Boyd Tonkin: Master builders of a global reputation
The Week In Books
Friday 12 June 2009
Late last month I spent a few days in a northern European state whose people refused, twice, to join the European Union in referenda. It regularly rates as the most peaceful, productive and developed country in the world. However, I suspect that the reality of Norway might strike UKIP and other Euro-haters as more of a nightmare than a xenophobe's wet dream. Set aside the high level of practical alignment with EU laws and norms (which Norway usually outperforms), and the agreement that binds it – unlike Britain – to the Schengen free-movement zone.
Here we have a country whose foreign minister, part of a "red-green" coalition, not only writes a reflective and strong-selling book about his country's global responsibilities. He turns up at a literary conference to affirm the central role of authors and translators in his nation's life. British Euro-scepticism has only one political meaning: knuckle-headed, foreigner-scorning insularity. In Norway, it can mean the exact opposite. Would our Brussels-bashers really feel at home in Oslo?
The minister in question is the popular Jonas Gahr Store. He told a unique gathering of the emissaries who take Norwegian writing into other languages that "literature helps the world become both bigger and smaller at the same time". At a conference hotel in rolling countryside north of Oslo, 125 translators who work from Norwegian into 31 languages (from Korean to Hebrew, Polish to Chinese) discussed with one another, and the writers they represent, matters of interpretation large and small – from the best words to convey the "ums" and "ers" in Ibsen's dialogue to the way that literature can enlarge what Store called "Norway's footprint" in international affairs. It made for a revealing insight into how a fairly remote country, with fewer than five million people and a little-spoken language, has employed the bonanza of North Sea oil revenues to enhance its "soft power" in the wider world.
Carefully husbanded in state wealth funds, those riches are now vast – but piles of petro-kroner on deposit mean nothing until they go to work. In Britain, a steady stream of outstanding Norwegian novels has lately reached our shelves. They range from Per Petterson's Out Stealing Horses – perhaps the best-loved among readers of all winners of the Independent Foreign Fiction Prize – to bold and involving works from writers such as Linn Ullmann, Dag Solstad and Jan Kjaerstad (see page 32). Asne Seierstad's best-selling reportage from Afghanistan and Chechnya has steered narrative journalism into new territory. Through expert criminal practioners such as Jo Nesbo, KO Dahl and Karin Fossum, Norway has shared in the Scandinavian-detective boom. Now other genre specialists have begun to make a mark: look out later this month for Tom Egeland's romp through Viking secrets and Biblical mysteries, The Guardians of the Covenant.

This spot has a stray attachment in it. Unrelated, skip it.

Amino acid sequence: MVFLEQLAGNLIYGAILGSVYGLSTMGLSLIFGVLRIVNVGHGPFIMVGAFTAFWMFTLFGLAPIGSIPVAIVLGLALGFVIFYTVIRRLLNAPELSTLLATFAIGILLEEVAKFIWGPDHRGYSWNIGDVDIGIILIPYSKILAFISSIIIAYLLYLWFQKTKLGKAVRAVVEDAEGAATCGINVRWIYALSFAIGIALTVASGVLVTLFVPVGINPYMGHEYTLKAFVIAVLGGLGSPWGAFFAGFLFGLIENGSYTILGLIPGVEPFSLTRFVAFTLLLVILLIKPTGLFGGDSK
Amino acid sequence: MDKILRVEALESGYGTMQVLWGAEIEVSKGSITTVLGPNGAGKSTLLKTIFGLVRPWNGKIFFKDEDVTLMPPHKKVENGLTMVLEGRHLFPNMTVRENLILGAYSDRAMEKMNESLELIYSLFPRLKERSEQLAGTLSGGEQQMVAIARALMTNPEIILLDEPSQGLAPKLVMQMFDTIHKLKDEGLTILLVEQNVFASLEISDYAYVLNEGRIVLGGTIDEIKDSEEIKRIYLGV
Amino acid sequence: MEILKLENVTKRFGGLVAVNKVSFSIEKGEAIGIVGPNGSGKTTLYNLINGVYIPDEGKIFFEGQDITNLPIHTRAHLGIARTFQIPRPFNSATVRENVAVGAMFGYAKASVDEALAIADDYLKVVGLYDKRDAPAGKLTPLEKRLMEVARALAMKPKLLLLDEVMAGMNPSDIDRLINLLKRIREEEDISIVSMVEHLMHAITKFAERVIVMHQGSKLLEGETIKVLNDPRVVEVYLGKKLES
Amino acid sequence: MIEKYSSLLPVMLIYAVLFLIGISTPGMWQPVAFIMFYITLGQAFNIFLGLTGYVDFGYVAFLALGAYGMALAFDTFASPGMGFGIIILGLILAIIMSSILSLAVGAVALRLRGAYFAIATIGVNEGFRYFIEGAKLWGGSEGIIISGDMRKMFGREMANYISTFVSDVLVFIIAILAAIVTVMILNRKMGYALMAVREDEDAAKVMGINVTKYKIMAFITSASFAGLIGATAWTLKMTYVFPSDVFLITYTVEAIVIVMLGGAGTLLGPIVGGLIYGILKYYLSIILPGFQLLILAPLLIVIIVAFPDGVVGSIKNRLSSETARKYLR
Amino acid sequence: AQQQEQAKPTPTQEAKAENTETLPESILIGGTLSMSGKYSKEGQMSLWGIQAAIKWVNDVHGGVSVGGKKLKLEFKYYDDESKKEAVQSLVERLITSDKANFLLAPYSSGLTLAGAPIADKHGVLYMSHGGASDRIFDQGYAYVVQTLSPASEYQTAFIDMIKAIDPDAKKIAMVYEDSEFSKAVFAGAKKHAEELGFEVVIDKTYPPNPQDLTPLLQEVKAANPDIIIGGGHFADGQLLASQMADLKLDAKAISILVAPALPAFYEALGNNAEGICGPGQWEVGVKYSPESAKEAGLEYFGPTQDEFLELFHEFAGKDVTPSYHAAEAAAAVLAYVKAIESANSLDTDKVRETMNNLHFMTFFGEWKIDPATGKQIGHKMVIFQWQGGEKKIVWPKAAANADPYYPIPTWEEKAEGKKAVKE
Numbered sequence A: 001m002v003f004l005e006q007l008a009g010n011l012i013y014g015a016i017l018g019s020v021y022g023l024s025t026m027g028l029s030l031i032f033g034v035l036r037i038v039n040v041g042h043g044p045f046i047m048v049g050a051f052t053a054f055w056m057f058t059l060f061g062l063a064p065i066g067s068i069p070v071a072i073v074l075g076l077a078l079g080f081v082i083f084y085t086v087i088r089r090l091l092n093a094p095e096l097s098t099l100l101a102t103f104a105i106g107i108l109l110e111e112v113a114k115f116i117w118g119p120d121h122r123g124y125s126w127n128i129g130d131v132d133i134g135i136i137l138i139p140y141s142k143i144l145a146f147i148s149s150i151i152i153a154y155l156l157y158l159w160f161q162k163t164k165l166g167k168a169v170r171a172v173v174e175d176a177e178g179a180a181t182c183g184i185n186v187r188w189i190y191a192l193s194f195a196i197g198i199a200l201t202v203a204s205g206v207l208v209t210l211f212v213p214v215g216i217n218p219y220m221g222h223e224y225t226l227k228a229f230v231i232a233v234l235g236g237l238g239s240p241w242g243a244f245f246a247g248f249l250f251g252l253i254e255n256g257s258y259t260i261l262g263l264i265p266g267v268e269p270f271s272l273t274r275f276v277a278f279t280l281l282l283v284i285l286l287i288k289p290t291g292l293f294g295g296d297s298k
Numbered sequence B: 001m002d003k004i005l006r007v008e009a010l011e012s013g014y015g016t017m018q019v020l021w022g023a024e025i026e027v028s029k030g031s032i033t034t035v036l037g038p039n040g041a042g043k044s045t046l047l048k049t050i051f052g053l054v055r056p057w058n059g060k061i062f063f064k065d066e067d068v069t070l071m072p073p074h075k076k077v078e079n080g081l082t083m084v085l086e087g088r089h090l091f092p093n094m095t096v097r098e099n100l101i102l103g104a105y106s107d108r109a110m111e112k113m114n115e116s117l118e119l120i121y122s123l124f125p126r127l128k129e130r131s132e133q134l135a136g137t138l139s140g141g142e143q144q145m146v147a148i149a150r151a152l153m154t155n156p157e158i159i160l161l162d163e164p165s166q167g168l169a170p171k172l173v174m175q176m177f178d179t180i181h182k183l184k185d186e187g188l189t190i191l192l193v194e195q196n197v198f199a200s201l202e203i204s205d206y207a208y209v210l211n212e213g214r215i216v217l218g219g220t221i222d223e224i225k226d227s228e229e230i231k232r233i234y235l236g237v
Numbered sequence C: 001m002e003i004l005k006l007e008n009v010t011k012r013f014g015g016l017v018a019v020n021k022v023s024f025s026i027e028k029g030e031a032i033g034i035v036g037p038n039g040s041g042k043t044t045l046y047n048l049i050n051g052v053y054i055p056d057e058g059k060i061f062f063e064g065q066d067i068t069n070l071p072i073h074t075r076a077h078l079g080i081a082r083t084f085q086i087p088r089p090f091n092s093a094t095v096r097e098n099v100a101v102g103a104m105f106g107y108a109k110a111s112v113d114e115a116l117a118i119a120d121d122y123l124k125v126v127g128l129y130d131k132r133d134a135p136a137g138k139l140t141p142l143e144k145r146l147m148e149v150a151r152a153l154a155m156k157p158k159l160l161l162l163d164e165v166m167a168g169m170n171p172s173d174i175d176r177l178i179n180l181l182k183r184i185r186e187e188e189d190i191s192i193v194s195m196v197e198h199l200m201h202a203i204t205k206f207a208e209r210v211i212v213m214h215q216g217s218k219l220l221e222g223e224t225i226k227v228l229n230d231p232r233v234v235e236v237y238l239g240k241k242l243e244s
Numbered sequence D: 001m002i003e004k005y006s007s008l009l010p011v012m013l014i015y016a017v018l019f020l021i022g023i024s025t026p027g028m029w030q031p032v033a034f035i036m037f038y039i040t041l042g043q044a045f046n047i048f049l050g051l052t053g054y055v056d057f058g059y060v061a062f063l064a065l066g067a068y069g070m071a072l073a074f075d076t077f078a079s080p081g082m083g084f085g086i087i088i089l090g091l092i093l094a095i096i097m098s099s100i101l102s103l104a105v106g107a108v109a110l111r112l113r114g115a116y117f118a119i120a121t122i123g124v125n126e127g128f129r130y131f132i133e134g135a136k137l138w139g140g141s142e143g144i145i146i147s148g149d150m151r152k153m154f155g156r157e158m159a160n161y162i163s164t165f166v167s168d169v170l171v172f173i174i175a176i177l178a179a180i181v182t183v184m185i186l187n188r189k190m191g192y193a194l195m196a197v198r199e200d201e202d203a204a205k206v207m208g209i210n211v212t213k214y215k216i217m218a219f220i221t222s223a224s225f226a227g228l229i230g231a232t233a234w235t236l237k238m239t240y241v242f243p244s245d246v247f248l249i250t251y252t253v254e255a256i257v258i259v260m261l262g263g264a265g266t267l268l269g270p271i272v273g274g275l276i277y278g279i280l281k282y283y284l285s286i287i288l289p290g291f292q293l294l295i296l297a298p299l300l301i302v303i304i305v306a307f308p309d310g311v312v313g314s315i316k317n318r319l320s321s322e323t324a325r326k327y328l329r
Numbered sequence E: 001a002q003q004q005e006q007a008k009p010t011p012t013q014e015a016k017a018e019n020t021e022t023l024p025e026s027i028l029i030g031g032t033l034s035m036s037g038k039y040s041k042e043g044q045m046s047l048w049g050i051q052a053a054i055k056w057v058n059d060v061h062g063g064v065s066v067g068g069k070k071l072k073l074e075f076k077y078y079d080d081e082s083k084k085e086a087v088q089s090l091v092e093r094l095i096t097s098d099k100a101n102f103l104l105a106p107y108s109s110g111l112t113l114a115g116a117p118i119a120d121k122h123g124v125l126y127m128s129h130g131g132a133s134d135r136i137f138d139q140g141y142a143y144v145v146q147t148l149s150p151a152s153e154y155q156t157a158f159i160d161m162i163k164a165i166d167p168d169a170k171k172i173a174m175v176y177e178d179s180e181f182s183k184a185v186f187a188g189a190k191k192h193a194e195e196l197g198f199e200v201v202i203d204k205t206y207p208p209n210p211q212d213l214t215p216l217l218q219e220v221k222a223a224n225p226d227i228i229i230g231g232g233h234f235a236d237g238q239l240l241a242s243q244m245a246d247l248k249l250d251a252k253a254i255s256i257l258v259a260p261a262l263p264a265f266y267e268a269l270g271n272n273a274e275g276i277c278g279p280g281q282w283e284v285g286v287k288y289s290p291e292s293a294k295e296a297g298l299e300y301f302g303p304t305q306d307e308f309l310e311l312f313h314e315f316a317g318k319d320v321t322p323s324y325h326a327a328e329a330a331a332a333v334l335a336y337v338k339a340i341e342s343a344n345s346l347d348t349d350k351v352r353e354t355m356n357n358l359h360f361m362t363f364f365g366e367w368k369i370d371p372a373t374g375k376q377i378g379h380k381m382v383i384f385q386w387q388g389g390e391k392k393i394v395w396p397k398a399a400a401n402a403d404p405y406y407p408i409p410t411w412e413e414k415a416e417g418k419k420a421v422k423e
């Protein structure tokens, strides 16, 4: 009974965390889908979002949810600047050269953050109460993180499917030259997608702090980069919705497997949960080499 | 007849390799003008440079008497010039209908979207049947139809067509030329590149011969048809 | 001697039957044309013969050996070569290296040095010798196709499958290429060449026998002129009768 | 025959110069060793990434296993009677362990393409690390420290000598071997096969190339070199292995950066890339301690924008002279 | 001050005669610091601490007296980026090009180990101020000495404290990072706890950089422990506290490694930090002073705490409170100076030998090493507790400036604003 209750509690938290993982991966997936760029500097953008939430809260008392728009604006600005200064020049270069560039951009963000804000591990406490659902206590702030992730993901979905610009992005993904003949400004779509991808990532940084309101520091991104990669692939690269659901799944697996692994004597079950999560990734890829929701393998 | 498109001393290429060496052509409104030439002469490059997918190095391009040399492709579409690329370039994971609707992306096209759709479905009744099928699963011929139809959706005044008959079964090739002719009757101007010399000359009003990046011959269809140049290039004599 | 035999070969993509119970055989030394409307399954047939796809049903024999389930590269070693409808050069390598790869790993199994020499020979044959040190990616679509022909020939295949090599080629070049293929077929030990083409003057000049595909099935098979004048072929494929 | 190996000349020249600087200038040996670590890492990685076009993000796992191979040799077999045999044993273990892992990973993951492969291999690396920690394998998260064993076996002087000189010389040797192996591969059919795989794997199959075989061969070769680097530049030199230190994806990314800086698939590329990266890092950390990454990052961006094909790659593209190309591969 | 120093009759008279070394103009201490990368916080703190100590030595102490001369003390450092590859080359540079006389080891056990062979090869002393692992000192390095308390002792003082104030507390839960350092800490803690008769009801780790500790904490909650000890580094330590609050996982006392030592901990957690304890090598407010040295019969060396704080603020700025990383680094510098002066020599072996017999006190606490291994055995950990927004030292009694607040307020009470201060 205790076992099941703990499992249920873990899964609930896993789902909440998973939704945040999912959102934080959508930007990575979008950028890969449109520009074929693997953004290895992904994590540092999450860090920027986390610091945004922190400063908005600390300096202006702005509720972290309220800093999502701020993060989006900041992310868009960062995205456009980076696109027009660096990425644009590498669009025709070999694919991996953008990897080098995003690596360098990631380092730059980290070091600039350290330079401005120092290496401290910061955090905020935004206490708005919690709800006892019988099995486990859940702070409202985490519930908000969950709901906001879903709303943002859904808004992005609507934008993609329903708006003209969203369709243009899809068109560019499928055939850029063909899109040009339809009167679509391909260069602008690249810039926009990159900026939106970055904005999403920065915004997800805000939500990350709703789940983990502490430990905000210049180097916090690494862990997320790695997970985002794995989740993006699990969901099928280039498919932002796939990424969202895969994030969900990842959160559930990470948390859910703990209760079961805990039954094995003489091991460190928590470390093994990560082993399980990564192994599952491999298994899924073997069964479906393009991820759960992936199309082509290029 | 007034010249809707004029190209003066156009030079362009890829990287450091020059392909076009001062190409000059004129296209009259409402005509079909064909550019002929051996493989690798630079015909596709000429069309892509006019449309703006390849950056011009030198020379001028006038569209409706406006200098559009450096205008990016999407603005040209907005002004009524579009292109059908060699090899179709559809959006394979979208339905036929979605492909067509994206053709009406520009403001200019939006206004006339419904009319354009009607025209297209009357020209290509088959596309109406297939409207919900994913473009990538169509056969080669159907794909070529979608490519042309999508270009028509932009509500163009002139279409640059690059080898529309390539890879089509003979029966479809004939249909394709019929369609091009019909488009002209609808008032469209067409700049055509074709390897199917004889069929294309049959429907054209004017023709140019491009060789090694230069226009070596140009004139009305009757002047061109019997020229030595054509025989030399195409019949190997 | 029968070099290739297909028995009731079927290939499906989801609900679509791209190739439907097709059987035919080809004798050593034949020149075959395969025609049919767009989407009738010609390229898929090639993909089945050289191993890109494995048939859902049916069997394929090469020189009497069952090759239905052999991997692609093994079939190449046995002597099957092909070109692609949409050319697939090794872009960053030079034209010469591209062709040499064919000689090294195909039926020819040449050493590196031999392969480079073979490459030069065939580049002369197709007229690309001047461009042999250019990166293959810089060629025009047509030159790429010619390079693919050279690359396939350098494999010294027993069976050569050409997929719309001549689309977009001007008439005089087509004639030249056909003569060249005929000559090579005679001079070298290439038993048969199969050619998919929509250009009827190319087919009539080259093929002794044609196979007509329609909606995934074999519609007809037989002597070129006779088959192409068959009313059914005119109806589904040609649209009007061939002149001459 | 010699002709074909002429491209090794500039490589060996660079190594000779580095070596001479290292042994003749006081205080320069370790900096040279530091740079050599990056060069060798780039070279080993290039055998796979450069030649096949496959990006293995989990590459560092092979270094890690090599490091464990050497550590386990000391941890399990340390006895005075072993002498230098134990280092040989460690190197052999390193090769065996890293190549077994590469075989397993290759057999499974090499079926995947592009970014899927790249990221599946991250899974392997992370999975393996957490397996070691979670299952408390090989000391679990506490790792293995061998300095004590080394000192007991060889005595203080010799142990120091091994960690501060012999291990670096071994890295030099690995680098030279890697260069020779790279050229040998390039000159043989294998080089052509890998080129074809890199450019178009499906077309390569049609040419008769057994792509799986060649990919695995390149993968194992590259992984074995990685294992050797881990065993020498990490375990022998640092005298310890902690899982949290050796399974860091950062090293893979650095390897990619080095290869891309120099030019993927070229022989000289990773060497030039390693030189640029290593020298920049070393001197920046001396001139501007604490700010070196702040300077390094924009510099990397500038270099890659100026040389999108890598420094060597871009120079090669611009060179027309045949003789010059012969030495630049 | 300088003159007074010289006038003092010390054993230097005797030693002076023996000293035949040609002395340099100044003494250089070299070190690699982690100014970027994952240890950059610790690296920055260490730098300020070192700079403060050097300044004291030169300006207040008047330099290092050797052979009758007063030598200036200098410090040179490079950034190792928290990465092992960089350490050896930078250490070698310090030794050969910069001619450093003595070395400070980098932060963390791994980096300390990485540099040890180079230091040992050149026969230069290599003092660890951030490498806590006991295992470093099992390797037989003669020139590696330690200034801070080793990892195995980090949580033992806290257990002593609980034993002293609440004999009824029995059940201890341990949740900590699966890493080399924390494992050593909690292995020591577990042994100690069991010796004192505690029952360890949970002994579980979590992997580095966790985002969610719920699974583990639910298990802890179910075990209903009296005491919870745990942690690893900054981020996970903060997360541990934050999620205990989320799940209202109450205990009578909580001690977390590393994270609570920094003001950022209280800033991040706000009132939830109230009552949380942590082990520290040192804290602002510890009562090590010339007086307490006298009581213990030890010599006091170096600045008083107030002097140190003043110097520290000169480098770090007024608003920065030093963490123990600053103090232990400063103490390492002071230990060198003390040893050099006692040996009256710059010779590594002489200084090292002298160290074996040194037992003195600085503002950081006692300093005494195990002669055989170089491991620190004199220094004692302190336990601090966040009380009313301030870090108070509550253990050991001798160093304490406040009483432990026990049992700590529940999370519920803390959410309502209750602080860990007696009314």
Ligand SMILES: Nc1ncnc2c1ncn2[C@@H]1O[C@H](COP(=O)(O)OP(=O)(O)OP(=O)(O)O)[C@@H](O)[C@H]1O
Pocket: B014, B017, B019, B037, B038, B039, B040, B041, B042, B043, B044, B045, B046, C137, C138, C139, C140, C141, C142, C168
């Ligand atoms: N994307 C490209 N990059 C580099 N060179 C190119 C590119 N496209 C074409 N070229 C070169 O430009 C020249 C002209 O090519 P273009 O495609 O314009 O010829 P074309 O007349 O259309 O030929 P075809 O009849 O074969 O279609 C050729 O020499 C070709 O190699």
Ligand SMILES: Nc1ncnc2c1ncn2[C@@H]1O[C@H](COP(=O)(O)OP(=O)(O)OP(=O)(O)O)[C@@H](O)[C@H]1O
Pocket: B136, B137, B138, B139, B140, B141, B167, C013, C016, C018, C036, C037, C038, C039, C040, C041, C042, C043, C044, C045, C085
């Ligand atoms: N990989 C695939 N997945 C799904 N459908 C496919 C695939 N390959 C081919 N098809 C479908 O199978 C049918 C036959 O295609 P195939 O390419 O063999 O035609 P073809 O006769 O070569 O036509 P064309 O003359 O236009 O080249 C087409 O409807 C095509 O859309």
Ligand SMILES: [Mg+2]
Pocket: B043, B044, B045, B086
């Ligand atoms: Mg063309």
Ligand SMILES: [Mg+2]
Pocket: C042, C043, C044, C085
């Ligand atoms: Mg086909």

This comparatively lavish exposure to a small state's literary talent does not come about by accident. Norla, the state foundation that promotes Norwegian literature, has managed by shrewd encouragement of publishers and translators to amplify the nation's voice abroad. Not, of course, that it would ever cross the seas unless the quality of the raw material justified the voyage in the first place. It does.
Does Norway's record hold lessons for any part of the UK? Scots often look enviously across the water and ponder what they might achieve globally if the parliament in Edinburgh could lay separate hands on the black gold beneath its waves. Yet, after a decade of botched arts policies, I know of scarcely any writer in Scotland – which must boast one of the world's densest concentrations of authorial firepower – who has a kind word to say about the treatment of literature under devolution. Official pride in, and respect for, authors in all their cantankerous variety matters more than cash in the bank. Perhaps Mr Store should go to Holyrood.
P.S.Back in April, Nicholas Tucker in these pages fingered writer-illustrator Anthony Browne – "a wonderful artist deserving of an even wider audience than he claims at the moment" – as a strong candidate to become the new Children's Laureate. On Tuesday, Browne (left) was duly unveiled as the sixth holder of the post, and will spend the next two years as a champion for young readers. He will, he promised, carry a special flame for the picture books that can, if executed as wittily and stylishly as in his work, turn beginners into life-long lovers of the printed page. Browne's trademark gorillas – the touching and bemused Everybeasts who gaze quizzically out of many of his 40-odd books – ought now to bestride the national stage. Not only do we have a worthy laureate for children, but a primate for primates as well.
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